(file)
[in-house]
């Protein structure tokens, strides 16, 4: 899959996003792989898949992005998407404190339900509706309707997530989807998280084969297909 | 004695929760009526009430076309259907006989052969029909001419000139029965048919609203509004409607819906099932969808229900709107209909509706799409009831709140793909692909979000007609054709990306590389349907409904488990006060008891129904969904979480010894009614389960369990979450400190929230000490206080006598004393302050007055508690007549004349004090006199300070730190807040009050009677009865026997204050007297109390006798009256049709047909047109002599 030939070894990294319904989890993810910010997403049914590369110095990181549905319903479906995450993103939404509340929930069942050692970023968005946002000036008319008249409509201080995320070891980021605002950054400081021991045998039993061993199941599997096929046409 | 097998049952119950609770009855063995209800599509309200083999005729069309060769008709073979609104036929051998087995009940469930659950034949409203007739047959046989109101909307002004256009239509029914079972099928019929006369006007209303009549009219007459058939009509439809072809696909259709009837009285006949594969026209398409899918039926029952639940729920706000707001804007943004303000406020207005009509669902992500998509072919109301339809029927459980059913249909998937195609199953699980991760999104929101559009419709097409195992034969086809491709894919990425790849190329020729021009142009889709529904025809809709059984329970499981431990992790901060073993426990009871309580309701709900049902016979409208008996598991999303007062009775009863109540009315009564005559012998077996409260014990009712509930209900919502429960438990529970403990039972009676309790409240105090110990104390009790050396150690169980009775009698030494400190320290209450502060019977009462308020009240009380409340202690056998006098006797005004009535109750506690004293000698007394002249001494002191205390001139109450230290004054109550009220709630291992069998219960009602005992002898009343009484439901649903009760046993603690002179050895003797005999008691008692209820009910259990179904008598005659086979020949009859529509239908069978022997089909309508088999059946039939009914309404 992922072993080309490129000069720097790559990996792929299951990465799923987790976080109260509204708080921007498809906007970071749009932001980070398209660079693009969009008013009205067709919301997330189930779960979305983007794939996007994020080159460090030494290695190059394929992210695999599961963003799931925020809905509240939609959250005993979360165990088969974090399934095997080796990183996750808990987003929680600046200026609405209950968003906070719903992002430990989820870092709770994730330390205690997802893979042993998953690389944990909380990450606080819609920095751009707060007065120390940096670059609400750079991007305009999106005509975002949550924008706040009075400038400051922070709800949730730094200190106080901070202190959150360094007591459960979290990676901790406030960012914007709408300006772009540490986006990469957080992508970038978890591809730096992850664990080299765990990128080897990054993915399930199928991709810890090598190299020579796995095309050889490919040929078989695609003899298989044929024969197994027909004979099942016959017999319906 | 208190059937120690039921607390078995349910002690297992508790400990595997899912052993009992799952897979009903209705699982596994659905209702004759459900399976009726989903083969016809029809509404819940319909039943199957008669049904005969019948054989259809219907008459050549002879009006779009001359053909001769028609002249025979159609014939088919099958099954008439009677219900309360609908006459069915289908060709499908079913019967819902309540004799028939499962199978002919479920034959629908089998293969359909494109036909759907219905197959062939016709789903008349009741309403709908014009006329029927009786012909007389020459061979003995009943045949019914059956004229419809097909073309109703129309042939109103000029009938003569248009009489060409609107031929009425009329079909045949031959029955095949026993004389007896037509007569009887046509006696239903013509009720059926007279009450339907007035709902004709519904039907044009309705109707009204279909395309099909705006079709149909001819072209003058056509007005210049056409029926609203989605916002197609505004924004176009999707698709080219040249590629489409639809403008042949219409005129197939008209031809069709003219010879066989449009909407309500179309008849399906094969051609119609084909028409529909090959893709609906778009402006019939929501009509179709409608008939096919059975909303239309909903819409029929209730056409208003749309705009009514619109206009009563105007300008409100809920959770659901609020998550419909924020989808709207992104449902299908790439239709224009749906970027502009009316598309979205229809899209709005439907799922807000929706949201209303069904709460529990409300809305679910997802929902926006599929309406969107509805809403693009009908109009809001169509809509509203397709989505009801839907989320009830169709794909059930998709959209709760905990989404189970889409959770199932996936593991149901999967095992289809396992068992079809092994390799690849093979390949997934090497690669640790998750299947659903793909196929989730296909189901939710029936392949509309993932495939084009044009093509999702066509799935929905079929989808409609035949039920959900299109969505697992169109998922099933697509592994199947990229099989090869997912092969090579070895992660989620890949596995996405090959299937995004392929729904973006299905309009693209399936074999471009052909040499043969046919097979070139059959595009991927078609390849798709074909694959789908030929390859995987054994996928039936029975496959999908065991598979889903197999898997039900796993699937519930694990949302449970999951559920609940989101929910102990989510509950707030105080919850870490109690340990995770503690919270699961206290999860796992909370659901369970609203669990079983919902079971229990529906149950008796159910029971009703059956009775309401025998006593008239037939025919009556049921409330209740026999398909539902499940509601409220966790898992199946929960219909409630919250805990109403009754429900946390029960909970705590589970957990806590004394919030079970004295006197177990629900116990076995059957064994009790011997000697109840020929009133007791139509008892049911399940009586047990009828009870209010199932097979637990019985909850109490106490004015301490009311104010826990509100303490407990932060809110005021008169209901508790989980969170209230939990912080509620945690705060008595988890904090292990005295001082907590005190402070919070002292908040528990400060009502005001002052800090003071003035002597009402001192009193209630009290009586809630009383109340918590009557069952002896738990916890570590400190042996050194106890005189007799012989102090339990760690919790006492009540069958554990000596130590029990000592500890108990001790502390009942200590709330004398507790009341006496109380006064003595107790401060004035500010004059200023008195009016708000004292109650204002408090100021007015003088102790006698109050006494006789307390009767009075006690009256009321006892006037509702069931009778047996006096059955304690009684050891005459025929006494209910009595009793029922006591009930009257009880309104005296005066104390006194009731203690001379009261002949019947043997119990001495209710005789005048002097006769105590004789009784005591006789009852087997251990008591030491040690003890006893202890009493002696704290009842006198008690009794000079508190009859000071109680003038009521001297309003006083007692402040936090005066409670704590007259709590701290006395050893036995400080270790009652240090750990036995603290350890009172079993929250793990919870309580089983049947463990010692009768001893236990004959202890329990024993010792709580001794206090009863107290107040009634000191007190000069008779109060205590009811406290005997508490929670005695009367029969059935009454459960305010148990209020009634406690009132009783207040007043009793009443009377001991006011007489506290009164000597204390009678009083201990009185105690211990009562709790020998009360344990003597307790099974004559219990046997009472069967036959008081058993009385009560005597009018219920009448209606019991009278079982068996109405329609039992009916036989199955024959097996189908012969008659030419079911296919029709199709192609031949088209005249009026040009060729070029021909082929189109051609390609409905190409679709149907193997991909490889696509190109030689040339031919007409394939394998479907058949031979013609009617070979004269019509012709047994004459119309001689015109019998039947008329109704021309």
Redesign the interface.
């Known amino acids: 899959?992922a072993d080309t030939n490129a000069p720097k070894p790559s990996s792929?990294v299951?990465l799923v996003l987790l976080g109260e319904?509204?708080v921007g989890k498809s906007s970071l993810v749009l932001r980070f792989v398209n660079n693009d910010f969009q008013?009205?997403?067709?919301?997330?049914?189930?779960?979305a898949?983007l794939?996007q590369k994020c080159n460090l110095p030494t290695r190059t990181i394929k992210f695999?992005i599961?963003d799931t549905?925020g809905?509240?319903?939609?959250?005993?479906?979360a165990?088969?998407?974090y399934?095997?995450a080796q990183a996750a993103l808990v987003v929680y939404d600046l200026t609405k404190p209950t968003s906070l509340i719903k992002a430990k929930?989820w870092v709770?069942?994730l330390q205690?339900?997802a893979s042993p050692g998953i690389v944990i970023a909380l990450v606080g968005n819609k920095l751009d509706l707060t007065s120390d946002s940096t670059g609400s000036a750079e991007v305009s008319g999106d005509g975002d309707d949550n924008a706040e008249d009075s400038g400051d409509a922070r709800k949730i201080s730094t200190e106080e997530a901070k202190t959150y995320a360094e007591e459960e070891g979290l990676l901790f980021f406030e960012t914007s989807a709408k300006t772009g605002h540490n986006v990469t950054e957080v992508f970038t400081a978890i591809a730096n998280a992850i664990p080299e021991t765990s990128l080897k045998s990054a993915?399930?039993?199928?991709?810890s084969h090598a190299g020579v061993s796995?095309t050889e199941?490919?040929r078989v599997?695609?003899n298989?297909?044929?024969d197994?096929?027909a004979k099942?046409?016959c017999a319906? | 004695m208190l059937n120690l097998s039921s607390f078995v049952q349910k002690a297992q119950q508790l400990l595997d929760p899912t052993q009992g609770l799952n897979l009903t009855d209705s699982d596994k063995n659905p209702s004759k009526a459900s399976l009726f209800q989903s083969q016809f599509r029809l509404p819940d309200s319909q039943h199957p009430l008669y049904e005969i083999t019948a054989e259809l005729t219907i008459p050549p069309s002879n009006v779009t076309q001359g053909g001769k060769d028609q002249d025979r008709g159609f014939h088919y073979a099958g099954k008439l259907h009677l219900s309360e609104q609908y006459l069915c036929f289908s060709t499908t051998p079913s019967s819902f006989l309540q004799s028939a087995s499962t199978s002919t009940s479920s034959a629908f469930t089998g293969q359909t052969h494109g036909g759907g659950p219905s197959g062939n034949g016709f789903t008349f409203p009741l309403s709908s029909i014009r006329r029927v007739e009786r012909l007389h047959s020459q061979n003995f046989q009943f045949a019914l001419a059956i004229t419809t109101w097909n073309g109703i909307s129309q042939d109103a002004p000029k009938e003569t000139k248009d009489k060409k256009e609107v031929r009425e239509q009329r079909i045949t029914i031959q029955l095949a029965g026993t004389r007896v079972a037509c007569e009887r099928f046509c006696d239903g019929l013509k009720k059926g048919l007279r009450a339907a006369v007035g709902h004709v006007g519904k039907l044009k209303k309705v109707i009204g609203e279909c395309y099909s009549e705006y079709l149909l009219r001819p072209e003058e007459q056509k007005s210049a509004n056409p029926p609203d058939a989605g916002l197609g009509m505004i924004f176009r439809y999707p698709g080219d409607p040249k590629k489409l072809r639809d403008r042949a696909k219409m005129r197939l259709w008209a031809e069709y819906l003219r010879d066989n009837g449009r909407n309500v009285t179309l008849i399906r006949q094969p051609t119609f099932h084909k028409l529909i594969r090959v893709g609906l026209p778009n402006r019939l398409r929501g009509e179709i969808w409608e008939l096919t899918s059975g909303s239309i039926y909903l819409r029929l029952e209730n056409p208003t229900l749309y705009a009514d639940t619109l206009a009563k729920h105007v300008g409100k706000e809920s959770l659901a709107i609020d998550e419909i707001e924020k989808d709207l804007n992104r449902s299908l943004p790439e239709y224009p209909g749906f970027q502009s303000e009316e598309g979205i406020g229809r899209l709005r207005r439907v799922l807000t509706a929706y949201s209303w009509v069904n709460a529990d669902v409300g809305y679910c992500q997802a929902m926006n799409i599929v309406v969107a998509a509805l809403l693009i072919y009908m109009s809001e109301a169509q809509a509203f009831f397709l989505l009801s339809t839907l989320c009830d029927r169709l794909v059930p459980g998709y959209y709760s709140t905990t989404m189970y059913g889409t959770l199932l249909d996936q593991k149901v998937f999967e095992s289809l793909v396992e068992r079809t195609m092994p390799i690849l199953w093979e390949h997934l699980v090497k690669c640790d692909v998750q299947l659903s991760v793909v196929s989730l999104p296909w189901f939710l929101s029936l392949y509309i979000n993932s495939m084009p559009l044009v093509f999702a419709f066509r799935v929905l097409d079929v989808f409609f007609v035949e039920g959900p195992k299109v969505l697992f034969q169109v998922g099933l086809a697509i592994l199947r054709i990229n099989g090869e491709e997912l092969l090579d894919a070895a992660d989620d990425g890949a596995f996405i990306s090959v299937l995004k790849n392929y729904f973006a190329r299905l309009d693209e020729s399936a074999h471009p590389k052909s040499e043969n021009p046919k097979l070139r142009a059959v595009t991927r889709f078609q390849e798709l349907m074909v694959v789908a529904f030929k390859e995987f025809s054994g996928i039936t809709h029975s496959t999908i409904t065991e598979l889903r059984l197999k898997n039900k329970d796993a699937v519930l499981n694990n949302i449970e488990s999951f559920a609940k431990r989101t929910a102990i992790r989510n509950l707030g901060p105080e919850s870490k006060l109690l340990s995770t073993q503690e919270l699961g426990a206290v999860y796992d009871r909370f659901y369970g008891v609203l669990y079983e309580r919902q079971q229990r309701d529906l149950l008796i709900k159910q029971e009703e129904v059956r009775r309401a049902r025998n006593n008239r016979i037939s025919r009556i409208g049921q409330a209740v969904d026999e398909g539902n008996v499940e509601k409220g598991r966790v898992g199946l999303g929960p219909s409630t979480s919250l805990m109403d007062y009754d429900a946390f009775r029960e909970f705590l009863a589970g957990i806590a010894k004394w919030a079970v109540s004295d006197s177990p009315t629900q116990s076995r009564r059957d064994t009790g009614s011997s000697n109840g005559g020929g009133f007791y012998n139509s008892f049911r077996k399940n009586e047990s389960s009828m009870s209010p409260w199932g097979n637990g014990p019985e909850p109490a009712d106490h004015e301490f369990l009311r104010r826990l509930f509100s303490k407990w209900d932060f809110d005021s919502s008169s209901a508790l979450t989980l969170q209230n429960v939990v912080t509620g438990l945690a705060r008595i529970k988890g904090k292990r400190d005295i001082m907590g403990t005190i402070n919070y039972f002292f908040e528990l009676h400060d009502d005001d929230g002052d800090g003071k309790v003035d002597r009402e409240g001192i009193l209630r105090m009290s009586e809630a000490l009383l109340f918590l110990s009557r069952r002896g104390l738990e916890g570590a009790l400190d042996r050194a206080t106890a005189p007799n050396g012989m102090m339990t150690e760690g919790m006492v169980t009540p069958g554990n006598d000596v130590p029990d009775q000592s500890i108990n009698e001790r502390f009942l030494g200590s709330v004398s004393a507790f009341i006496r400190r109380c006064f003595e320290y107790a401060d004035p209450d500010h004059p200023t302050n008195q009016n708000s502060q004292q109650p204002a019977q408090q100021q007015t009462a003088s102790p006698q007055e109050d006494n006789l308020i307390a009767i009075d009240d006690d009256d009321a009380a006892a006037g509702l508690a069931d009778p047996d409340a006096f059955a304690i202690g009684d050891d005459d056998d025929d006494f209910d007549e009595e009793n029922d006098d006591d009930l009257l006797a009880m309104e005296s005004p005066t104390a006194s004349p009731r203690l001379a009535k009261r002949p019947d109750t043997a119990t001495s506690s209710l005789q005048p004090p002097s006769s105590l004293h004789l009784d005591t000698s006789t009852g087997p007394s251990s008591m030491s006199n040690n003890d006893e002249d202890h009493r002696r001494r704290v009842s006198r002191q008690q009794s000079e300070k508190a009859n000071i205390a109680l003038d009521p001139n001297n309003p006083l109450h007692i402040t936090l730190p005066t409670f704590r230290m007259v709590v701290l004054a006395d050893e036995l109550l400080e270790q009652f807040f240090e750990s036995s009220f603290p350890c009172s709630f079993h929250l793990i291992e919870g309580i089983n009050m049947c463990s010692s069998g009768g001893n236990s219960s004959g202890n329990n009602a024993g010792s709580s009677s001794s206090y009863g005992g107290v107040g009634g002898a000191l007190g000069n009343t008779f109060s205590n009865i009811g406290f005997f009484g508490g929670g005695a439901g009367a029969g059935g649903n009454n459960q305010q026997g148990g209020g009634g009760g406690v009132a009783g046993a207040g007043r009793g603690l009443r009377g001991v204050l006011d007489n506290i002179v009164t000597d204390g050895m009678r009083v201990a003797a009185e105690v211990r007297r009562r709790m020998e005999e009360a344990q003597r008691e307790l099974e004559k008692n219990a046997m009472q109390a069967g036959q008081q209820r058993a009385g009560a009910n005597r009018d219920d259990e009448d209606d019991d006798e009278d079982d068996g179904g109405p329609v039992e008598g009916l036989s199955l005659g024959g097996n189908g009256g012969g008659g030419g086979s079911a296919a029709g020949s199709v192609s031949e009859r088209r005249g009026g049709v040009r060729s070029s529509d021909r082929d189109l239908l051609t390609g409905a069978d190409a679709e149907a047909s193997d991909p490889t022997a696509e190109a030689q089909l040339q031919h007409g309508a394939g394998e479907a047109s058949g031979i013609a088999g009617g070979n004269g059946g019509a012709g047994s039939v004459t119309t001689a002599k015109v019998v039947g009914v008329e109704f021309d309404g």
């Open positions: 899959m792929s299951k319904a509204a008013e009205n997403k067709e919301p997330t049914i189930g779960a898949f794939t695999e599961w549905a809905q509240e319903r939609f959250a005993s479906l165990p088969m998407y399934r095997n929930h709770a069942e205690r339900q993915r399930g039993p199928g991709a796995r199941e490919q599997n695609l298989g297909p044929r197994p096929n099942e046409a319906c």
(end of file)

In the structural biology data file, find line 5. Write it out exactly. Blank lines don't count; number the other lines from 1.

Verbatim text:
């Open positions: 899959m792929s299951k319904a509204a008013e009205n997403k067709e919301p997330t049914i189930g779960a898949f794939t695999e599961w549905a809905q509240e319903r939609f959250a005993s479906l165990p088969m998407y399934r095997n929930h709770a069942e205690r339900q993915r399930g039993p199928g991709a796995r199941e490919q599997n695609l298989g297909p044929r197994p096929n099942e046409a319906c």